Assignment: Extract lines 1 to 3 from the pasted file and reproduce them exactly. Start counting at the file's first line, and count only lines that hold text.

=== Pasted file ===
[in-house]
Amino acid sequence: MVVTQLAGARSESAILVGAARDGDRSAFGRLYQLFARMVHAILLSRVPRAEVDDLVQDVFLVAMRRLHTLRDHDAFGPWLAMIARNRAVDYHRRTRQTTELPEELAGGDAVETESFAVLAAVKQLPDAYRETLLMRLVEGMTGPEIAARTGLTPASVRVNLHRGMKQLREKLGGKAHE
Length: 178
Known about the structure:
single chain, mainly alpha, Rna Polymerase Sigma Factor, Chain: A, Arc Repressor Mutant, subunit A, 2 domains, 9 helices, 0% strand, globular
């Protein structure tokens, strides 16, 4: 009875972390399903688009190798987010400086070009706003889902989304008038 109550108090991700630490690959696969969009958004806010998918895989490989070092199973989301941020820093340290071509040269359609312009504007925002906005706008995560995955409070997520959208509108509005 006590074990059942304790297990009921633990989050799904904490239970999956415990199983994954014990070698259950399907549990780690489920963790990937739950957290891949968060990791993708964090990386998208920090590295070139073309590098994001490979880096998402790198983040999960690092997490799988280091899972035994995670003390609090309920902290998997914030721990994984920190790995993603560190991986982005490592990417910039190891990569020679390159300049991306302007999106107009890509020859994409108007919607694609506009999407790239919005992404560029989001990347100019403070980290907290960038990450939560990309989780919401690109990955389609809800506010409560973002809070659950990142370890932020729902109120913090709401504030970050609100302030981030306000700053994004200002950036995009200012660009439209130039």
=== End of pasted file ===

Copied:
[in-house]
Amino acid sequence: MVVTQLAGARSESAILVGAARDGDRSAFGRLYQLFARMVHAILLSRVPRAEVDDLVQDVFLVAMRRLHTLRDHDAFGPWLAMIARNRAVDYHRRTRQTTELPEELAGGDAVETESFAVLAAVKQLPDAYRETLLMRLVEGMTGPEIAARTGLTPASVRVNLHRGMKQLREKLGGKAHE
Length: 178